It has been well recognized that the global pharmaceutical industry is facing a number of challenges at present. The difficulties the industry is experiencing have forced all drug companies to change their current operation models. They are now forced to pursue more efficient, cost-effective and productive ways to conduct their operations, whether in R&D or manufacturing. The keys for them to make a quick turnaround are to get drug discovered quicker, developed faster, manufactured cheaper and marketed wider. Outsourcing has been proven to be one of the effective solutions for drug companies to quickly turn the situation around as it provides them with the desired efficiency, flexibility and agility. Among all emerging countries for outsourcing, China and India have risen rapidly and become stars in the global pharmaceutical outsourcing arena as both countries possess the unique combination of low cost and quality service. The current global financial crisis has also greatly enhanced the importance of these two countries to many drug companies around the world who are vigorously seeking cost reduction.

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A number of firms around the world have been using strategic alliances to become more competitive globally. The reasons attributed to such alliances vary from economies of scale, increased revenue, cross selling, synergy, tax write-offs, and diversification and resource transfers among others. After the liberalization of Indian economy in 1991, Indian companies have used these strategic alliances to expand into other markets and prepare for increased competition at home. But after joining the World Trade Organization in 1995, India had to change its patent laws by 1 January 2005 to meet its commitments under the WTO's agreement on Trade Related Intellectual Property Rights (TRIPS). In the post-2005 scenario, the pharmaceutical industry has undergone a significant change due to the TRIPS agreement. Though a number of reasons are attributed to these strategic alliances in literature, there is no particular pattern that can be observed in these alliances. Analyzing the Indian Pharmaceutical Industry and the strategic alliances in the recent past and what drives these alliances. A value chain framework has been proposed that analyses the critical capabilities needed along the value chain in the Pharmaceutical Industry, the existing capabilities of the firms and how these alliances are supposed to bridge the capability gap.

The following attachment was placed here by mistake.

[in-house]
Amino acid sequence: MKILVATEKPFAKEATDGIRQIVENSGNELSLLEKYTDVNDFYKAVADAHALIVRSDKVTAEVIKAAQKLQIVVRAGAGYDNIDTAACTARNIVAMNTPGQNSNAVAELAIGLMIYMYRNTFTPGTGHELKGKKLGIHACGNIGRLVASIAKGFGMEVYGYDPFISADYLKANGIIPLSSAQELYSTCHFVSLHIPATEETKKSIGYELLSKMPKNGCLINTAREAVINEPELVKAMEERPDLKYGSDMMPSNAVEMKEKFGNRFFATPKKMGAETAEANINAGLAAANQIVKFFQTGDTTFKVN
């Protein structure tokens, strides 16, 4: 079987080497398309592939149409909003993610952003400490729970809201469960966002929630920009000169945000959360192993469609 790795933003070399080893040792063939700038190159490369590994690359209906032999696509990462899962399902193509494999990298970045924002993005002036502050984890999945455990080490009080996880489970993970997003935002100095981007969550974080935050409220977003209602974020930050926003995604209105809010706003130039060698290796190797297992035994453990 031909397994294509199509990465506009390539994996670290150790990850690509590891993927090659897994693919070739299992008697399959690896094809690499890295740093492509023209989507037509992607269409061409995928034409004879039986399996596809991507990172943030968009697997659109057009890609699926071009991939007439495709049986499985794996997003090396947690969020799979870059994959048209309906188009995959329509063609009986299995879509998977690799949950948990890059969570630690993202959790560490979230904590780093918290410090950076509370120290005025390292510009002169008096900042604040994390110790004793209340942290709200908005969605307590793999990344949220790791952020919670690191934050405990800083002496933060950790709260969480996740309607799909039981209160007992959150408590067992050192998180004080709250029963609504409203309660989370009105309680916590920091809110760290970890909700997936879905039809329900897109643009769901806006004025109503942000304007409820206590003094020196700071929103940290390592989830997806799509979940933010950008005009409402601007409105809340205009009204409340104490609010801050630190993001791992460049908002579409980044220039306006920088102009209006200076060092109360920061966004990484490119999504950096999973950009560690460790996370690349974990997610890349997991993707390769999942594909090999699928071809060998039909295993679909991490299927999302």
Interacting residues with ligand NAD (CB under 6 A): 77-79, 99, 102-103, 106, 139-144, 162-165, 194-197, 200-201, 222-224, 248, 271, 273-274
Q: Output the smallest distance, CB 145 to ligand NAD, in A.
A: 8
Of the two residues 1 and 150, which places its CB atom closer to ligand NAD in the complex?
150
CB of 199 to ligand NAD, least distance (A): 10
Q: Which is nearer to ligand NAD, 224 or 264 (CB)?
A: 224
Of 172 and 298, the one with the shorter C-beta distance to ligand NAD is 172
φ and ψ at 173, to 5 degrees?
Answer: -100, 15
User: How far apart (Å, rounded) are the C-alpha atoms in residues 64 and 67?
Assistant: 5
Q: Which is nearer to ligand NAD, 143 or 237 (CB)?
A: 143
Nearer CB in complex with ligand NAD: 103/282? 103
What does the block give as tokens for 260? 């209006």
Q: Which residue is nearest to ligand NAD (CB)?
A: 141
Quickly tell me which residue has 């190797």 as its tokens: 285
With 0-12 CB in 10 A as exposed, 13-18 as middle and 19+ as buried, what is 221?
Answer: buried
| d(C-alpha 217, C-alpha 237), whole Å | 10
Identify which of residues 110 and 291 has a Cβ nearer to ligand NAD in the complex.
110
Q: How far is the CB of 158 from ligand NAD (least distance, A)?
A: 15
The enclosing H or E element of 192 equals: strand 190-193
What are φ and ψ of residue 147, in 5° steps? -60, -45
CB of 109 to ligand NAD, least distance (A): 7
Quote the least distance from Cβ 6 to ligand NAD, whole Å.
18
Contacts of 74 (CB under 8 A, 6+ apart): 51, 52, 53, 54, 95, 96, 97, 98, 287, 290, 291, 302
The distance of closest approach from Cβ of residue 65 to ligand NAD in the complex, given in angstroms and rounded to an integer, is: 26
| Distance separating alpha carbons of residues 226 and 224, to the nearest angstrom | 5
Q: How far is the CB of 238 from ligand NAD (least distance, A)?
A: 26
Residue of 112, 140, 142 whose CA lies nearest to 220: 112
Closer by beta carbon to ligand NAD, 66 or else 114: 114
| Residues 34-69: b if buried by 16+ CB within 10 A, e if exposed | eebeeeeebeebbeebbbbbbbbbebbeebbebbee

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Expansion towards Generic Drugs
The last three years has seen several major shifts in generics company strategies. From 2006 to 2008 a period of high M&A activity was seen as many companies sought to expand geographically and create the scale required to compete with large pharmaceutical companies. Since the global financial crisis the level of deals has declined due to the implications of restricted debt markets and the need to reduce company debt. The global financial crisis has also affected government debt and subsequently healthcare cost containment has become a prominent issue. Many nations and in particular the US is seeking to reduce healthcare costs through promotion of generics and creating better approval pathways for biogenerics.

WHILE MUCH PROGRESS has been made in transforming the health sector since 1994, we begin this first calendar year of the second decade of our freedom with the momentous task of sustaining efforts to improve access to affordable quality medicine. The transformation of the pharmaceutical industry, both in terms of ensuring the quality of medicine and reducing prices of drugs at manufacturing, distribution and retail industry levels has been the most challenging part of the transformation process in the health sector so far. Following broad and intensive consultation, government passed the Medicine and Related Substances Act in 1997 to provide a legislative framework for improving access to affordable medicine. This entails making the entire pricing system on medicine more transparent and capping the prices where necessary. While seeking to reduce the prices at manufacturing and distribution levels, the interventions also sought to remove any incentive that encouraged prescribers and dispensers of medicines to issue more expensive medicines to recoup a better percentage margin. The opponents of the transformation process within the retail pharmacy industry initially argued that the dispensing fee that can be charged by pharmacists was too